The well-preserved Beaumont factory is notable because during World War II, it was the first cotton mill in the nation to devote its entire production to the war effort. The plant’s employees won five coveted Army-Navy “E” awards for excellence in production of wartime materials. This plant made “duck” fabric—also known as canvas—in those years.
The first Beaumont factory was constructed here in 1890, and by 1907 three hundred men, women and children—most of whom moved here from the mountains and farms of North Carolina—ran the spindles and looms. Over the years, the mill owners built a mill village behind the plant, and hundreds of those houses still stand as the thriving, historic neighborhood of Beaumont.
At its height in the 1960s, Beaumont (then owned by Spartan Mills) employed more than 1,200 people in several factories on this site. Beaumont was one of many textile companies that closed at the end of the 20th century as foreign textile imports swamped the U.S. textile market; several buildings were torn down then.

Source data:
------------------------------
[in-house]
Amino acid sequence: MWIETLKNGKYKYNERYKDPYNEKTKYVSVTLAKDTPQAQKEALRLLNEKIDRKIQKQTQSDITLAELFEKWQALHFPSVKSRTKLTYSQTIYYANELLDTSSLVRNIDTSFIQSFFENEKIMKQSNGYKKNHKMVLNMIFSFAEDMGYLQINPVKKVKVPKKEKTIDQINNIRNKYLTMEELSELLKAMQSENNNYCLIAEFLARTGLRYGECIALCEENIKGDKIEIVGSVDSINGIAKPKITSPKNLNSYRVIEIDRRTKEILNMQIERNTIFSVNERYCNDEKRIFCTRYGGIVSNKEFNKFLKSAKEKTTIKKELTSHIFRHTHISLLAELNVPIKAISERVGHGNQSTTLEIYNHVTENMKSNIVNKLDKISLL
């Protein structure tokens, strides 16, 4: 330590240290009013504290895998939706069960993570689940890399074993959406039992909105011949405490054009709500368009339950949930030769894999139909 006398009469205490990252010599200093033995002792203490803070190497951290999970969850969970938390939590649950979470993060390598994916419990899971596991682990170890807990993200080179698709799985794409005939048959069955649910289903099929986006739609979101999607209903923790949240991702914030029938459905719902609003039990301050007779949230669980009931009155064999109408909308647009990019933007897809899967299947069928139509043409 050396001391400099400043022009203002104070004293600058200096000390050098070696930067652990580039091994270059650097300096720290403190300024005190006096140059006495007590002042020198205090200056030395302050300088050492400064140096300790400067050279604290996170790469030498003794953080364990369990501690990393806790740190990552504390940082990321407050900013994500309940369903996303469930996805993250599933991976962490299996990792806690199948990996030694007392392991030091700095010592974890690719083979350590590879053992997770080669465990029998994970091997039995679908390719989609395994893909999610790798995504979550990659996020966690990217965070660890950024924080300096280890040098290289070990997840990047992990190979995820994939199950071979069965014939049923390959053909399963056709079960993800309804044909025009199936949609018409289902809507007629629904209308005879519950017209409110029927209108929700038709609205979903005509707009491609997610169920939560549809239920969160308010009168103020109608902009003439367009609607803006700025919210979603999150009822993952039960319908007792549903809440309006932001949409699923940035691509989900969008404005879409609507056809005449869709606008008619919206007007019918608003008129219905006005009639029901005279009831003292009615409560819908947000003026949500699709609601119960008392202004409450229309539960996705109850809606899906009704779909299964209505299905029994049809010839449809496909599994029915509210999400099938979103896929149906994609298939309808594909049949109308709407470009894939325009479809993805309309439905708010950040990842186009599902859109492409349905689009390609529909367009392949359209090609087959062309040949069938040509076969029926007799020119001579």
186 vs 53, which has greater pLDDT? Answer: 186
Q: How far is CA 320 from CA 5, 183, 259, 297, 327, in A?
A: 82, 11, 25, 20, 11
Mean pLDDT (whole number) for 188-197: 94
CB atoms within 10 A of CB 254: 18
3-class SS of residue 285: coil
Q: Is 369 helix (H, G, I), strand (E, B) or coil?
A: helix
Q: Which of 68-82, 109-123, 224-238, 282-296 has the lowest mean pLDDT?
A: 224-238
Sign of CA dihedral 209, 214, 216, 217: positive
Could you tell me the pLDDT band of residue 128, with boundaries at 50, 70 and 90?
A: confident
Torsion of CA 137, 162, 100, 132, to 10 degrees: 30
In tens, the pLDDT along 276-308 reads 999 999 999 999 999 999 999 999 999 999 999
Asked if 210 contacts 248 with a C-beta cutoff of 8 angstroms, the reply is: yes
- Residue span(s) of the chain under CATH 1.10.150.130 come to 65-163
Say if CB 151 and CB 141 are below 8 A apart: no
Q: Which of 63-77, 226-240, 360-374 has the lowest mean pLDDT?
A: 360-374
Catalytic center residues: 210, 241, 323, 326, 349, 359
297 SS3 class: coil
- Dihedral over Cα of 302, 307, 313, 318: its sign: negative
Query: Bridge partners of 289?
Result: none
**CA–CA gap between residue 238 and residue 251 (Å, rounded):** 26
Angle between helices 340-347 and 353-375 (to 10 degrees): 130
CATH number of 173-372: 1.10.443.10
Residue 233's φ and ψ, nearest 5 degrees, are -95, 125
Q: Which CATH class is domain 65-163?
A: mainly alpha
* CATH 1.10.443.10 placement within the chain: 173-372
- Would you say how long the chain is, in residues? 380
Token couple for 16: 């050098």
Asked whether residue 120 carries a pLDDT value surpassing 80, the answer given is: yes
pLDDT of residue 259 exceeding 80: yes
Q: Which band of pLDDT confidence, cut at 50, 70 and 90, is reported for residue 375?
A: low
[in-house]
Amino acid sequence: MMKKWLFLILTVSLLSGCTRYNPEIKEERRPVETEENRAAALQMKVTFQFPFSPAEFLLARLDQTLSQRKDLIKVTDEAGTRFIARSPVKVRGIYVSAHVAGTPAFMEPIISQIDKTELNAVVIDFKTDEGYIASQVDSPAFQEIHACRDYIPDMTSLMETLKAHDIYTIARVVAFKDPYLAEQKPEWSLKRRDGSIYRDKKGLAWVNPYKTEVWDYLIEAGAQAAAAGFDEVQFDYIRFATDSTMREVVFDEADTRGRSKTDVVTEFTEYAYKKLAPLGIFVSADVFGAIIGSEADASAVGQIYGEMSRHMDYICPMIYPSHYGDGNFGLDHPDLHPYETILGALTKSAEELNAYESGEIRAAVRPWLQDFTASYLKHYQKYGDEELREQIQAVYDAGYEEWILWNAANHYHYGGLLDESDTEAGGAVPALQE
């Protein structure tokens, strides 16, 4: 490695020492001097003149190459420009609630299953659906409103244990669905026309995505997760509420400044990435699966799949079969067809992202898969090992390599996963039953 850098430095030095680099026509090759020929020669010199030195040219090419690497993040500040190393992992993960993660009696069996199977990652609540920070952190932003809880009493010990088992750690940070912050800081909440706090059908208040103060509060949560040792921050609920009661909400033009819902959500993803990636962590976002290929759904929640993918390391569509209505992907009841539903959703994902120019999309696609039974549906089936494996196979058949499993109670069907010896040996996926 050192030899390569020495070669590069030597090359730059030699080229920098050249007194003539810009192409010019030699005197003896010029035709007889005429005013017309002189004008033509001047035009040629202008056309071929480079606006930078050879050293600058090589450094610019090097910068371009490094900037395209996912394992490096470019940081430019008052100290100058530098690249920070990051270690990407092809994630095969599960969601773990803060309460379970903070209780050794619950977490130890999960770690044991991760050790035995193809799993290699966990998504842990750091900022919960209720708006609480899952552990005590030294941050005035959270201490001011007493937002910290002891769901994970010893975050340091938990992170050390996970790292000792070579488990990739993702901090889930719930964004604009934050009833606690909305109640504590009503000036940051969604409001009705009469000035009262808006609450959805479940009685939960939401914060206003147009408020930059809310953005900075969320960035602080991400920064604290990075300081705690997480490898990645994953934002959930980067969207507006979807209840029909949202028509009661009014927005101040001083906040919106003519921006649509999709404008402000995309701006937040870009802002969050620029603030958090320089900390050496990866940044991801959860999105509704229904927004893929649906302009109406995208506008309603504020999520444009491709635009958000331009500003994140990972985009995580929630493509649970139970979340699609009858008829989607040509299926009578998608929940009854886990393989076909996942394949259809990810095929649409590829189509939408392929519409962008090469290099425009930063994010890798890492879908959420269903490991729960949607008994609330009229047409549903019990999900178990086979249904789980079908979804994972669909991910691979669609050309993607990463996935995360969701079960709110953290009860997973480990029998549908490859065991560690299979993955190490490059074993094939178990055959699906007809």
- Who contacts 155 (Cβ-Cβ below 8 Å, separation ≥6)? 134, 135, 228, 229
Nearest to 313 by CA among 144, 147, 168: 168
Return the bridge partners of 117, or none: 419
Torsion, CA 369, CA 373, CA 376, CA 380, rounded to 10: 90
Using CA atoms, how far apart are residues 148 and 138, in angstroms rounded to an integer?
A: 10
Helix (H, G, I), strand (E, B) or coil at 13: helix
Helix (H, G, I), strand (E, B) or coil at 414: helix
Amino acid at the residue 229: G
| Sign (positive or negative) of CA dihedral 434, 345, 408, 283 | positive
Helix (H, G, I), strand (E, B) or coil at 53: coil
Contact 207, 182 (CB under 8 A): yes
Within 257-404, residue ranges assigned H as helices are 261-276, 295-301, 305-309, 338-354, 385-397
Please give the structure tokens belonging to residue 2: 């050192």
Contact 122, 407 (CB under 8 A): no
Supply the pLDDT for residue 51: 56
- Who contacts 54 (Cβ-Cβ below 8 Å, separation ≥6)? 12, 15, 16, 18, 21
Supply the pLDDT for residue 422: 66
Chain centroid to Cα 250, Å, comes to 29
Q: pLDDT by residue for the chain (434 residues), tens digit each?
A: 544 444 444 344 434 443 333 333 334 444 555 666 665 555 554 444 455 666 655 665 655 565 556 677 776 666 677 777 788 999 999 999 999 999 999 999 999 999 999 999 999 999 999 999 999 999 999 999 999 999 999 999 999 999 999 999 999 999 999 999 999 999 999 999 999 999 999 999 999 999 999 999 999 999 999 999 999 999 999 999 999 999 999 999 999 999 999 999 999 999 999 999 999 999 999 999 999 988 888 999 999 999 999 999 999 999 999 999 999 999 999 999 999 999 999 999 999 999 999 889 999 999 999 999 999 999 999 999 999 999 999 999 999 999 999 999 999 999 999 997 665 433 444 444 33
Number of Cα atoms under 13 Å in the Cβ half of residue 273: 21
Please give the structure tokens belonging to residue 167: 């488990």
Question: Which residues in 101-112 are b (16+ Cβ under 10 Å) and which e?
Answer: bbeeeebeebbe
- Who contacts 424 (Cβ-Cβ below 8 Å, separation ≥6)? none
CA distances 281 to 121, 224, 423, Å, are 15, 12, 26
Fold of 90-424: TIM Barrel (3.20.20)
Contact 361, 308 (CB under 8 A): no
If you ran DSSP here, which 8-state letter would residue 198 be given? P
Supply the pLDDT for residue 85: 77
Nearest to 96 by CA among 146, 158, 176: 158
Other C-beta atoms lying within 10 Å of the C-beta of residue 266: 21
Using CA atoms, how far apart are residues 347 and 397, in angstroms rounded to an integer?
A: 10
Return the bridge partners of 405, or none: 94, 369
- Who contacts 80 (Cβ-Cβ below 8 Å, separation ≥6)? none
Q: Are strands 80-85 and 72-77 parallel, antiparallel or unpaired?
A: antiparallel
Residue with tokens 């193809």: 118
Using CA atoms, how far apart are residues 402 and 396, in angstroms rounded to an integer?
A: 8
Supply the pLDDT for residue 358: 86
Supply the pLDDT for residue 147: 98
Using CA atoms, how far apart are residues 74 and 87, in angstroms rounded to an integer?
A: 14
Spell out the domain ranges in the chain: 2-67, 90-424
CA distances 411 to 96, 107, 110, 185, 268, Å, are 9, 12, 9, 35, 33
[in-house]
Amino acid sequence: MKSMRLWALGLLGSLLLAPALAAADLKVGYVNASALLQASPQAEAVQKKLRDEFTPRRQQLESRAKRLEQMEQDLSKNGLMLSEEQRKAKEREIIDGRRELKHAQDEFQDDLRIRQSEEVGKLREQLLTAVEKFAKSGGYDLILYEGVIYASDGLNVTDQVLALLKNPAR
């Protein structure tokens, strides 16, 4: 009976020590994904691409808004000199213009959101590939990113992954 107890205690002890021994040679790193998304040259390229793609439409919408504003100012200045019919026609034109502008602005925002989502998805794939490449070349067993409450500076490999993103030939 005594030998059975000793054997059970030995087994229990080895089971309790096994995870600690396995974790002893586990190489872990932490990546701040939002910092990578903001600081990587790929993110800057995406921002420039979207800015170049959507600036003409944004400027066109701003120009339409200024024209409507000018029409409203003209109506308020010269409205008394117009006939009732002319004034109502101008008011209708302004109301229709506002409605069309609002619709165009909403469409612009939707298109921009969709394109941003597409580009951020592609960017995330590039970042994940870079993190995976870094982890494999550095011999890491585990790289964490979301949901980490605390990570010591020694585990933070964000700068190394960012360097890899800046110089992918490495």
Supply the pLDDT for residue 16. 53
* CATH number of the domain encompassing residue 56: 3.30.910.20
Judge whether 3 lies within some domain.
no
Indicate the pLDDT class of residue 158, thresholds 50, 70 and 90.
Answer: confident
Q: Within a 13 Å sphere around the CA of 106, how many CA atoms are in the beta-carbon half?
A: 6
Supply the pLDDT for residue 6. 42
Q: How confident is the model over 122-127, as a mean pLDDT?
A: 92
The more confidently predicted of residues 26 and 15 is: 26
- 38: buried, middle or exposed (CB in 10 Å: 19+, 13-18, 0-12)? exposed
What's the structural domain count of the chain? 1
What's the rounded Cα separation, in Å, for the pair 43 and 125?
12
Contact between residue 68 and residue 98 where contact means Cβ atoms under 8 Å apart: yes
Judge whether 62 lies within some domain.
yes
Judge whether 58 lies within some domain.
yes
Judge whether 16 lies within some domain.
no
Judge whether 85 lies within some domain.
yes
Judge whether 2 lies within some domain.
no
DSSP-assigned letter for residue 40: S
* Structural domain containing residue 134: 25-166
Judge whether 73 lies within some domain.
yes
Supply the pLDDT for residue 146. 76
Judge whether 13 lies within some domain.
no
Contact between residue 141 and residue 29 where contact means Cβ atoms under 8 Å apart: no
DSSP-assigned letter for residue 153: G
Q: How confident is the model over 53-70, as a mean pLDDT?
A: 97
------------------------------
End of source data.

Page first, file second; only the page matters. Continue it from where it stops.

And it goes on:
The three-story main mill is now owned by Spartanburg Regional Medical Center, which is locating its administrative offices there in a $35 million purchase/renovation in 2016. Once completed, you will be able to walk into the lobby (on the back side of the building) and see displays associated with the local textile industry. The building also houses the offices of the Southern Conference, a Division 1 college athletic conference that includes Spartanburg’s Wofford College.